This TdF left me cold

Discussion in 'Professional Cycling' started by Bro Deal, Jul 26, 2008.

  1. Bro Deal

    Bro Deal New Member

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    Maybe I am just in a bad mood and down on cycling. I did not find a lot of enjoyment in this Tour. With the G.C. being so tight, it should have been a nail biter; but I did not care much for the G.C. battle. FLandis' calling it the Cat 3 Tour de France sticks in my mind.

    The successful break were nice, though.
     
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  2. Geoff Vadar

    Geoff Vadar New Member

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    Drug busts, headbutts, elbows, bitch slaps and kinky stuffed animal fetishes.....farken hell son what more do you want?
     
  3. ad9898

    ad9898 New Member

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    I think one of the problems is that whether you consider previous tours to be "doped" or not, most of the GC contenders here have been given sound kickings in previous tours by the winners of those tours, psychologically I think that can skew your perception, I do agree with your statement.
     
  4. RdBiker

    RdBiker New Member

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    I found the tour to be screwed in a way since even though Contador and astana werent invited, we still had a) a doped rider + team winning b) a big doping scandal and c) a dominating team controlling the race . And on top of that we got a race that was very tight but still quite dull to watch. Btw how come we have the news of Frank Schleck working with Fuentes and all the targetted tests against the CSC and still no newspaper or newsstation connects the dots and puts pressure no bjarne riis and the team?
     
  5. Klodifan

    Klodifan New Member

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    very well said.
     
  6. Jeff Vader

    Jeff Vader New Member

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    It was a snoozer. The breakaways were nice. I enjoyed the Barredo finish.
     
  7. Jeff Vader

    Jeff Vader New Member

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    Most sport news people like uplifting stories. After all, sports is escapism. Who wants to have reality hit them in the face when they want to escape from reality.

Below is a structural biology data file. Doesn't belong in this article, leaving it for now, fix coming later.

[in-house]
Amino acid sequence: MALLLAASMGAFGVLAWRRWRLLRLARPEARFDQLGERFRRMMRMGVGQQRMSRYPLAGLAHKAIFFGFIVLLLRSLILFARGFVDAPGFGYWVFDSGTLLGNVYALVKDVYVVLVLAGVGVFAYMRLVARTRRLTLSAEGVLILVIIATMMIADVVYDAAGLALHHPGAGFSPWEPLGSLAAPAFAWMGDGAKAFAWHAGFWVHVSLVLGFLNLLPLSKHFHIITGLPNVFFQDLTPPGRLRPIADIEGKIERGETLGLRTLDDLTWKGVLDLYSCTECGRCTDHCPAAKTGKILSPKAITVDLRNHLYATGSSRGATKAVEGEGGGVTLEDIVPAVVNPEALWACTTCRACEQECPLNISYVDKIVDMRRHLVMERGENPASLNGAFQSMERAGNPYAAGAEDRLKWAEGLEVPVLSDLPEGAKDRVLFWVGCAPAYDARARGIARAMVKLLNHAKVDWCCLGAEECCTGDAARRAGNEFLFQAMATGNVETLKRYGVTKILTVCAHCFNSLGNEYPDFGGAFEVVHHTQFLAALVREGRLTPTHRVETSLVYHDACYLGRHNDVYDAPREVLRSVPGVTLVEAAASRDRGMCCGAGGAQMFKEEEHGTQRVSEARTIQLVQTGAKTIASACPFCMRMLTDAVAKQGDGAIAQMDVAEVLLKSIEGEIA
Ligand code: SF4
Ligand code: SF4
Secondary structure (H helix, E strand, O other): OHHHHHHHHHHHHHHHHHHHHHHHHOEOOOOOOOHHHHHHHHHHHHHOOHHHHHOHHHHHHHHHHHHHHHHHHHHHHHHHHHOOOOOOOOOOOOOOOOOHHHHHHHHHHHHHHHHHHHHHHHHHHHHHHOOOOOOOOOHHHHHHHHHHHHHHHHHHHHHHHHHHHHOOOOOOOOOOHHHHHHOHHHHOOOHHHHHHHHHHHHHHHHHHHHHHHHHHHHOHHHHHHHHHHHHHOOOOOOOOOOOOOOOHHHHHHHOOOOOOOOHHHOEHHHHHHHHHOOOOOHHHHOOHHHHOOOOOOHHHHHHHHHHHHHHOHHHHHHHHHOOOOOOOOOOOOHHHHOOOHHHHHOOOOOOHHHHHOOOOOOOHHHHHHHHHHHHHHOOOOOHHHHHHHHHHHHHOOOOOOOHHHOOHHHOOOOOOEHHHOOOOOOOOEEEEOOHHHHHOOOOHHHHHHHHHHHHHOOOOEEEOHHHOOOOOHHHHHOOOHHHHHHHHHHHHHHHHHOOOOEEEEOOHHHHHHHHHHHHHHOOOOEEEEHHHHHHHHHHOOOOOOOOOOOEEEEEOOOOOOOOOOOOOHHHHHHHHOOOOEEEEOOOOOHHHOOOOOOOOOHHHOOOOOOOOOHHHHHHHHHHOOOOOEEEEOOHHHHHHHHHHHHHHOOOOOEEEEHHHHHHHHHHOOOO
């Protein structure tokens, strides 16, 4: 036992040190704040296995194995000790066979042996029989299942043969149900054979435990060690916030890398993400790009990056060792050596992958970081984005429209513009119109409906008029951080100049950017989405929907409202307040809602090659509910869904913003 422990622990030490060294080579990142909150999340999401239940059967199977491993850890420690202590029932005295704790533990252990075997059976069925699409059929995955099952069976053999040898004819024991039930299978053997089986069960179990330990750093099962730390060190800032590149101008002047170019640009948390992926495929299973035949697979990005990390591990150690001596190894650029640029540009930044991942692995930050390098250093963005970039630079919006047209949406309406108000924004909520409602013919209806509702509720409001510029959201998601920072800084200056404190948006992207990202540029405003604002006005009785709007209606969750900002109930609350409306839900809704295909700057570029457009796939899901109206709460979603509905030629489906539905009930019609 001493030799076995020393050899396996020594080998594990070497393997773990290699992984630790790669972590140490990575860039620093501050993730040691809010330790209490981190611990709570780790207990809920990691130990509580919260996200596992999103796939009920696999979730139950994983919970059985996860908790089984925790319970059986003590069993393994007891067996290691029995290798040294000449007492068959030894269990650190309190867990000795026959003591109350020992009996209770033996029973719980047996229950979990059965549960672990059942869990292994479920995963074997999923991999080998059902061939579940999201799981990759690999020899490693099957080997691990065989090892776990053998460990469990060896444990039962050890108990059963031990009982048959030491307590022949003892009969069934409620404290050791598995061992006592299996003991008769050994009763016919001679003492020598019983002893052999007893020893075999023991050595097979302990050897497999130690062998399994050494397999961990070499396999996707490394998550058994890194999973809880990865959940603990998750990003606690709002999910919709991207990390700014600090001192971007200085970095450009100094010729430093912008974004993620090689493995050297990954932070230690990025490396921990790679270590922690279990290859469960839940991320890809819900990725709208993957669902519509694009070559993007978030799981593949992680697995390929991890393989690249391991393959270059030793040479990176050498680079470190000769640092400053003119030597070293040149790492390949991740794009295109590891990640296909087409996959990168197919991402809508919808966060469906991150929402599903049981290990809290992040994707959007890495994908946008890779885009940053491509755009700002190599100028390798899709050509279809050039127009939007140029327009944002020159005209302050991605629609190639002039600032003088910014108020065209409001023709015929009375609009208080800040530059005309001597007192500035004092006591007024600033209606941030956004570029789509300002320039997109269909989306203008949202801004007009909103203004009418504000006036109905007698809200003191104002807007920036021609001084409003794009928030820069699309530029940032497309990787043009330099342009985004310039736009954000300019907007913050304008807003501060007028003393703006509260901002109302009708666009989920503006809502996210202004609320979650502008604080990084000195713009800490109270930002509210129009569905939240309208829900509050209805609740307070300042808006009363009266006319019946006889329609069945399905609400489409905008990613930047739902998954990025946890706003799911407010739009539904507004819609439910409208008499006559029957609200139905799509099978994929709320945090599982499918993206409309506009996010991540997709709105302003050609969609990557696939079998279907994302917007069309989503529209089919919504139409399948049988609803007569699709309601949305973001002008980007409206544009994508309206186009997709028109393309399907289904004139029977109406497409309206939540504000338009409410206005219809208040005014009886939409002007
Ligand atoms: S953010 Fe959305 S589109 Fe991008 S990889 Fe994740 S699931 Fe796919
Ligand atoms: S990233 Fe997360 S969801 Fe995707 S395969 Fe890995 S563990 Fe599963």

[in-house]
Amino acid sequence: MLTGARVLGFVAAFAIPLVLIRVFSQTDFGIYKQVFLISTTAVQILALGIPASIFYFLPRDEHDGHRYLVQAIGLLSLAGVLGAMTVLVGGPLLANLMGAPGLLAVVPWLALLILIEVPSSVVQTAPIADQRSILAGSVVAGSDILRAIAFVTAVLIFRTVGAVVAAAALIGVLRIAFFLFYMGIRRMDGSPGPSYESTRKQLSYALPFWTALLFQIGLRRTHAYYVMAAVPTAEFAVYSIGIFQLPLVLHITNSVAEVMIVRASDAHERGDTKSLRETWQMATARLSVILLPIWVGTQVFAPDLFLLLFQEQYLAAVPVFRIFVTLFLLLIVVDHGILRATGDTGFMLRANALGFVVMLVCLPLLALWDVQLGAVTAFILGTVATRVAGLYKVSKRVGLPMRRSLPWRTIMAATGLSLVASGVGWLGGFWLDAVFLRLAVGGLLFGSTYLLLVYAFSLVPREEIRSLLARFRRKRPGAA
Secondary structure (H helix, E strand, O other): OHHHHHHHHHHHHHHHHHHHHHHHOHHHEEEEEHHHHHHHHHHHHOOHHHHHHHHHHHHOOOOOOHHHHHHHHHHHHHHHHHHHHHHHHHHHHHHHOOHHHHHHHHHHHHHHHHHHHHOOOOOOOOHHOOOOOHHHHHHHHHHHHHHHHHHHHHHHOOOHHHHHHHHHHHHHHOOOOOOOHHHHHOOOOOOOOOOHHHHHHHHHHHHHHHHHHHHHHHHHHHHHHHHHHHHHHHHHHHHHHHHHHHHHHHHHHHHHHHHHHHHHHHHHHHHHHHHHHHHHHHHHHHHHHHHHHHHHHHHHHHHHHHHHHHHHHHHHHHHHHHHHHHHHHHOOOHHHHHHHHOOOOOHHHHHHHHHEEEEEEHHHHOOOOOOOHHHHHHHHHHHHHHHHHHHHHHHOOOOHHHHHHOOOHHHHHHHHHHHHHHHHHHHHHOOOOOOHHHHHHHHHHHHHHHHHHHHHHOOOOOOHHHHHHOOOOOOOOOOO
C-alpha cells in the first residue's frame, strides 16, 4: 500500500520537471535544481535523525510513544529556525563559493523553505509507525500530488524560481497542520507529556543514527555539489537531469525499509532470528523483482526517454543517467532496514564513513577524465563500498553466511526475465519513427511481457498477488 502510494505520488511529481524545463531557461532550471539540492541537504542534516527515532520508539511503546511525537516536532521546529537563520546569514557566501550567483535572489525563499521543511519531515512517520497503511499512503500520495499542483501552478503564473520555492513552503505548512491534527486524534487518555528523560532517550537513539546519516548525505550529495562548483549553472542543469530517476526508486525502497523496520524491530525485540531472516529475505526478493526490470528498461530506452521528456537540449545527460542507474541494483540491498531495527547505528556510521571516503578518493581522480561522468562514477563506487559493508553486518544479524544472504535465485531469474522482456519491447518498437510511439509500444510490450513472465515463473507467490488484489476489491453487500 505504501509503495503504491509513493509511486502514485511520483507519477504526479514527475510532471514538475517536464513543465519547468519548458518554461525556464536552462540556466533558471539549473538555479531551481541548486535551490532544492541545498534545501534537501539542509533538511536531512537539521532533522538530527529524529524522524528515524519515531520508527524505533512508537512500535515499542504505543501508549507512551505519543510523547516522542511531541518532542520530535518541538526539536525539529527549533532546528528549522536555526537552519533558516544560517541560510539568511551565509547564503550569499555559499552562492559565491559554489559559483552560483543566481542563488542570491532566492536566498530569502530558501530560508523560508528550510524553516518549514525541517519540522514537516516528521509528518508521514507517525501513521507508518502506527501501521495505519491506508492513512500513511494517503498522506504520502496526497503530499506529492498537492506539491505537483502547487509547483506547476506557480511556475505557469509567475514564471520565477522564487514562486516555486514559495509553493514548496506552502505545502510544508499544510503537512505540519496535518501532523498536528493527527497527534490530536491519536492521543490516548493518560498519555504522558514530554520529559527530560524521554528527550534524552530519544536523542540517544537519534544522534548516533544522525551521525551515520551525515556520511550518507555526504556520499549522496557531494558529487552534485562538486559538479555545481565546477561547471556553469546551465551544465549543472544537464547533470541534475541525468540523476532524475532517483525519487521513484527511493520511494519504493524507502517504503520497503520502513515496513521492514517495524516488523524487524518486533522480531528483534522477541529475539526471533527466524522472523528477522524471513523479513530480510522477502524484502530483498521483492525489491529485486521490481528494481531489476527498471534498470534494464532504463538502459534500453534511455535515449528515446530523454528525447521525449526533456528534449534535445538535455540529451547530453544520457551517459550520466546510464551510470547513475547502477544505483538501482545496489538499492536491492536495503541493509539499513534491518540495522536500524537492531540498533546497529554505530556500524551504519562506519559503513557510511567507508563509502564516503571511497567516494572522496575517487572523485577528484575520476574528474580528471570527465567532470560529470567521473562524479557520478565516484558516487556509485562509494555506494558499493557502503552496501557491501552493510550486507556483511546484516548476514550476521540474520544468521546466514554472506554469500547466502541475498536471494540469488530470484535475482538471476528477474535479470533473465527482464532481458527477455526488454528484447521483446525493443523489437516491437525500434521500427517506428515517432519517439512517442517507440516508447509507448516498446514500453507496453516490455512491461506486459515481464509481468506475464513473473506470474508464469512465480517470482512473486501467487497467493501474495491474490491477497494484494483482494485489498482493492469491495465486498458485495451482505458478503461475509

I don't think Damsgard is worth anything. The only people that are going to catch these guys are the french drug testers and the French police. Nobody else really wants them caught.
     
  8. thoughtforfood

    thoughtforfood New Member

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    Standing on the shoulders of giants is what leaves me cold...
     
  9. whiteboytrash

    whiteboytrash New Member

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    This may help. Kimmage was a minder with Slipstream.

    http://www.timesonline.co.uk/tol/sport/more_sport/cycling/article4407072.ece
     
  10. earth_dweller

    earth_dweller New Member

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  11. Moller

    Moller New Member

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    Kimmage sums up this thread;

    But not everyone was pleased. No, back in the press room, some of the muppets who had glorified the Robo-cop years were bemoaning the lack of “spectacle”. They had spent so much time with their heads up the arses of the cheats, they had forgotten:this is how it looks when it’s clean.
     
  12. thoughtforfood

    thoughtforfood New Member

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  13. Jeff Vader

    Jeff Vader New Member

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    That is from when he stopped mumbling. Still a good album though.
     
  14. Jeff Vader

    Jeff Vader New Member

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    I remembered how it looked clean. This was certainly better than last year with Cantador. Still, the Schleck brothers put a bad taste in my mouth. And, Cadel didn't do anything to deserve to win. Did he even attack once this year? The racing was just too conservative.
     
  15. rejobako

    rejobako New Member